Data analysis was performed using Stata SE for Windows V.14.1 (StataCorp, College Station, Texas, USA). Data has been grouped and analysed separately depending on study design (observation and experimental) and whether the study has reported the effect of maternal anaemia on either fatigue, depression or mother–child interaction. We presented risk ratios (RR) for study level comparison of binary outcomes and mean difference (MD) for the pooled continuous data. We used Mantel–Haenszel random-effects model to calculate pooled RR and 95% confidence interval (CI). A random-effects model was used to calculate pooled MDs. We used recommended formulas to calculate the estimated sample mean and SD from the sample size, median, range and/or interquartile ranges [19]. Wherever fatigue was reported with multiple scales, such as on the multi-dimension fatigue inventory (MFI) scale, the overall “general fatigue” was selected. The I2 statistic was used to quantify statistical heterogeneity. We used Cochrane recommendation to interpret I2 statistics as “might not be important” (0—40%), “moderate” (30 – 60%), “substantial” (50—90%) or “considerable” (75%—100%). We planned to assess publication bias using funnel plots, but this was not possible because, in each meta-analysis, there were less than ten studies. Thus, we used visual inspection of the confidence intervals. The findings were considered to be statistically significant if the reported P-value was < 0.05.


Study characteristics and methodological quality

The searches in Embase, PubMed, Cochrane Central Trial, and Scopus databases through the Hinari website identified 7,547 citations, of which 82 (1.1%) full articles were extracted and assessed for their eligibility. Of the 82 articles, 27 (32.9%) met the eligibility criteria. We further included one article identified by searching the references of the included articles (Fig. 1). Tables 1, 2 and 3 summarise the characteristics and methodological quality of the eligible studies.

Fig. 1
figure 1

Process of selecting studies for inclusion in the systematic review

Table 1 Study characteristics and association between anaemia or iron deficiency during postnatal period and maternal postpartum depression
Table 2 Study characteristics and the association between anaemia or iron deficiency during postnatal period and maternal fatigue
Table 3 Study characteristics and association between anaemia or iron deficiency during postnatal period and mother–child interaction or bonding

Postpartum anaemia and maternal depression

Out of 18 studies that reported the effect or association between postpartum anaemia and depression, 15 studies were planned to be included in a meta-analysis. Meyer et al. (1995) [43] was not included as the study reported symptoms of postpartum blues and not depression. Holm et al. (2019) [24] and Güven et al. (2020) [44] were excluded due to a lack of sufficient information. Authors for both studies were contacted but did not provide the missing information by the time submission was made. However, all the three excluded studies reported a significant decrease in depression scores with a corresponding increase in haematological parameters (Table 1).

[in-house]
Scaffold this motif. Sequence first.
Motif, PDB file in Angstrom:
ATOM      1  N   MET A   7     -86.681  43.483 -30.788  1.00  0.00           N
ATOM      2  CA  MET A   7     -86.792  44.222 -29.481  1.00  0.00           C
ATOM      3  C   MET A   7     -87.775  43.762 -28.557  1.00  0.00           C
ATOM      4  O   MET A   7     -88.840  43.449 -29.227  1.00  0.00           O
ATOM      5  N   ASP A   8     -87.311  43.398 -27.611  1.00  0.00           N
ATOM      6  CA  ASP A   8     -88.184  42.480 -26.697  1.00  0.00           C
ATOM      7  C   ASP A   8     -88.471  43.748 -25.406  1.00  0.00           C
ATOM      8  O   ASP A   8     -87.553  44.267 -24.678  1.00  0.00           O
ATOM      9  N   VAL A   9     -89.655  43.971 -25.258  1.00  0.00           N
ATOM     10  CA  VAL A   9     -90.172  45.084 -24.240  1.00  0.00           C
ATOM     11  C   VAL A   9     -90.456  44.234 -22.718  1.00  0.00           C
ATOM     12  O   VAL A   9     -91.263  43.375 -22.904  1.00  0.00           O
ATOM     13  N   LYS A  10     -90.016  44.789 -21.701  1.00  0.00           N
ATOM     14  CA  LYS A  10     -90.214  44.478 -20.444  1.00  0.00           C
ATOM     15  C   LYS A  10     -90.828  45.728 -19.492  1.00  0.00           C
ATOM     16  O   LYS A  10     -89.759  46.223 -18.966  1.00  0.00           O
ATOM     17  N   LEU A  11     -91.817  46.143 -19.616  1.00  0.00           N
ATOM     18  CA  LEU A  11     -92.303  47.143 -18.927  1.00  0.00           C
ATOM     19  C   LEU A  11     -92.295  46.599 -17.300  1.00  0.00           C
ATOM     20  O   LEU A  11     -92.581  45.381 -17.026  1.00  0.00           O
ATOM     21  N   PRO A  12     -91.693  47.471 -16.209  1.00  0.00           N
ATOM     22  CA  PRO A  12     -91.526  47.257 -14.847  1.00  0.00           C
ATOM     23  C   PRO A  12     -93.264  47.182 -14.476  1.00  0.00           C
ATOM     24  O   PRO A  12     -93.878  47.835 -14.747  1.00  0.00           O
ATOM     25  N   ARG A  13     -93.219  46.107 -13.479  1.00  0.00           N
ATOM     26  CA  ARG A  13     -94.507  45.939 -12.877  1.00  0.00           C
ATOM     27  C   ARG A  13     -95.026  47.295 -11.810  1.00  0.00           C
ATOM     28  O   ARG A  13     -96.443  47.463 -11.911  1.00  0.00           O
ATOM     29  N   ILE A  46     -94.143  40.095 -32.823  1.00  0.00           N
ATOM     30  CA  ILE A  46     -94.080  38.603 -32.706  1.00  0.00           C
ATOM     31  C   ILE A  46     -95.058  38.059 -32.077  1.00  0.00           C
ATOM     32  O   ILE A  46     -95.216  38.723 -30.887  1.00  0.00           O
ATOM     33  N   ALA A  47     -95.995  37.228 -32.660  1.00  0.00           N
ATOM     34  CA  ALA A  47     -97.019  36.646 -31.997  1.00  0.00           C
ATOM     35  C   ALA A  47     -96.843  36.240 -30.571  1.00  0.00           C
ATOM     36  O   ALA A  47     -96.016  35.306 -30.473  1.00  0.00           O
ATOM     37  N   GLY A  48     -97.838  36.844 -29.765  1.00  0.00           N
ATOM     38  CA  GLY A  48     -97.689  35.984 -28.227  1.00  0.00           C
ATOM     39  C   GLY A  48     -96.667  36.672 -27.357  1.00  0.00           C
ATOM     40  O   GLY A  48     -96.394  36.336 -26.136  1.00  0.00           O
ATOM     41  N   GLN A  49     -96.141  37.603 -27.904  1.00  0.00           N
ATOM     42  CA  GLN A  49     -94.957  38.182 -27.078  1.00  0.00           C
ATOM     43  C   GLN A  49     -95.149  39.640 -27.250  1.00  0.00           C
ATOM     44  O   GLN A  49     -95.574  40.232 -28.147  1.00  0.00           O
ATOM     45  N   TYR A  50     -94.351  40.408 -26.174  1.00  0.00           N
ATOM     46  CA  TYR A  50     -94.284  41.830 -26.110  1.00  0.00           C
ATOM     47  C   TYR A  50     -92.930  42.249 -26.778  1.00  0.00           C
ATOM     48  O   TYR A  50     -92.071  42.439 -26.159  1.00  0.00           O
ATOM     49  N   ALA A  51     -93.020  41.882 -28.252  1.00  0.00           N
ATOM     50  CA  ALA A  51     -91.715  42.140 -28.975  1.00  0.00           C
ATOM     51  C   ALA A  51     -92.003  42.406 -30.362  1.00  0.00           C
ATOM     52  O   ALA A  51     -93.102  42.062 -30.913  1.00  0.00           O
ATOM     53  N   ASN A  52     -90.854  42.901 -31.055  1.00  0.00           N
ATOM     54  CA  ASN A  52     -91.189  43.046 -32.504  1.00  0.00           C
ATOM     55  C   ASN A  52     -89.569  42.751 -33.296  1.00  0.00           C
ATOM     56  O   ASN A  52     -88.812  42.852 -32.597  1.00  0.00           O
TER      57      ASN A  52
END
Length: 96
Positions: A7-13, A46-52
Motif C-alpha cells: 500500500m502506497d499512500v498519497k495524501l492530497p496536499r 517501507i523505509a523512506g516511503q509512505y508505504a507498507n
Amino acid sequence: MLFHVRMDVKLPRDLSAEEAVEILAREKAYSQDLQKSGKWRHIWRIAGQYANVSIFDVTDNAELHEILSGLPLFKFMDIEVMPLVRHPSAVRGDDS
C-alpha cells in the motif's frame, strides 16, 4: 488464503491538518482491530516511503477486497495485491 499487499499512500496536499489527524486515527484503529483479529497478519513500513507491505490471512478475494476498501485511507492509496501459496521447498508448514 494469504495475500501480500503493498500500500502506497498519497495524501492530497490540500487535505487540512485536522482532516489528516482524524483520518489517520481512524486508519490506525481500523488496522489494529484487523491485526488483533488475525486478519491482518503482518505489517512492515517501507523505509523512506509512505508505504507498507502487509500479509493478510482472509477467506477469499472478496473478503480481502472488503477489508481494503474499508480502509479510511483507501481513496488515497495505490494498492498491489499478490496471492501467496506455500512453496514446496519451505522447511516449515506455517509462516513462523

Ten of the remaining 15 studies were observational studies [9, 21, 25,26,27,28,29,30,31,32] and 5 were RCTs. [20, 22, 23, 33, 34] The comparison of depression scores in eight observational studies was dichotomous. One study [32] was not included in a meta-analysis as it was not consistent with zero events in the non-exposed group. The pooled results of the remained seven studies [21, 25,26,27,28,29,30,31,32] showed that iron deficiency or anaemic women were 1.66 times more likely to experience symptoms of depression than the non-anaemic or iron-replete women and the findings were statistically significant [(heterogeneity estimate: I2 = 67.0%, p < 0.01), and RR = 1.66 (95% CI: 1.28; 2.15)] (Fig. 2). Two observational studies [29, 31] measured depression as a continuous outcome, and their findings were not pooled together but reported separately (Table 1).

Fig. 2
figure 2

Forest plot of observational studies showing the association of anaemia during the postnatal period and maternal postpartum depression

Similar findings were observed in four of five RCTs [20, 22, 23, 25] that measured depression as a continuous outcome. The pooled results in these four studies [n = 739 (treatment group = 372 and control group = 367)] showed a significant reduction in depression scores for women who were given intravenous iron than oral iron or placebo group based on random mixed model (MD = -1.48, 95% CI: -2.53; -0.42). However, heterogeneity was considerable high (I2 = 61.0%, p = 0.05) (Fig. 3). Perello et al. (2014) [21] was not included in the meta-analysis as the outcome measure depression was reported differently with others ( categorical outcome) and findings in this study are present in Table 1.